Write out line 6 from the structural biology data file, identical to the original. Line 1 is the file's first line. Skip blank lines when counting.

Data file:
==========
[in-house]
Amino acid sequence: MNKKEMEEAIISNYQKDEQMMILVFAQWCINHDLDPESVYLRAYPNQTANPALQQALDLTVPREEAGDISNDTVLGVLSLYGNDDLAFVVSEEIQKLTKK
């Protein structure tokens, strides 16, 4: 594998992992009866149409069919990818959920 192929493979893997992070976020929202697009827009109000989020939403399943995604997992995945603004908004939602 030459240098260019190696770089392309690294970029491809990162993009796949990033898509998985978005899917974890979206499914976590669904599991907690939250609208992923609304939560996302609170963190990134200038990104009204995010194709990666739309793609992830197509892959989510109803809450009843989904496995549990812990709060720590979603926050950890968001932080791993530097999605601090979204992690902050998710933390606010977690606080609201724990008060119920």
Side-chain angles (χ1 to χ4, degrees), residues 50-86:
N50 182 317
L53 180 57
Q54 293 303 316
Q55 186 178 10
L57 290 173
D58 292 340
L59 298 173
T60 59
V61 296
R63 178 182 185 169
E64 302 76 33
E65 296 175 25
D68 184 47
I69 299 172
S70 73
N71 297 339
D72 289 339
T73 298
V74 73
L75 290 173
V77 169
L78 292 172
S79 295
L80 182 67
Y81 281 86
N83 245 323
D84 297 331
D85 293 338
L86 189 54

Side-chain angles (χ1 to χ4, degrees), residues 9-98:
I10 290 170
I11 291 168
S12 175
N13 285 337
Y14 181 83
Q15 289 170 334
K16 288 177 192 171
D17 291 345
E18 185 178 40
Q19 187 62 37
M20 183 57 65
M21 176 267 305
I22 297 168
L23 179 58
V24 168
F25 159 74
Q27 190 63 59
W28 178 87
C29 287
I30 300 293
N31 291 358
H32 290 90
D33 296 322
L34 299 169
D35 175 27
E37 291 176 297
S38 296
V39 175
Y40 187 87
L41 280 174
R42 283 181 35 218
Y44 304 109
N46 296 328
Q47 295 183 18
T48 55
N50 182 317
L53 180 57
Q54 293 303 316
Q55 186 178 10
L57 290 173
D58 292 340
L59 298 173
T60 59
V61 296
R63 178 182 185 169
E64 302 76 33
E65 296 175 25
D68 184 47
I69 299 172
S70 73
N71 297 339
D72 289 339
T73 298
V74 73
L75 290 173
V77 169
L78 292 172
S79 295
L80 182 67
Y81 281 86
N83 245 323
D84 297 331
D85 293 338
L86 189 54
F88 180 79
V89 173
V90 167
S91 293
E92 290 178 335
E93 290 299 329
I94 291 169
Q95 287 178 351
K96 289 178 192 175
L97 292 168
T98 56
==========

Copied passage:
L53 180 57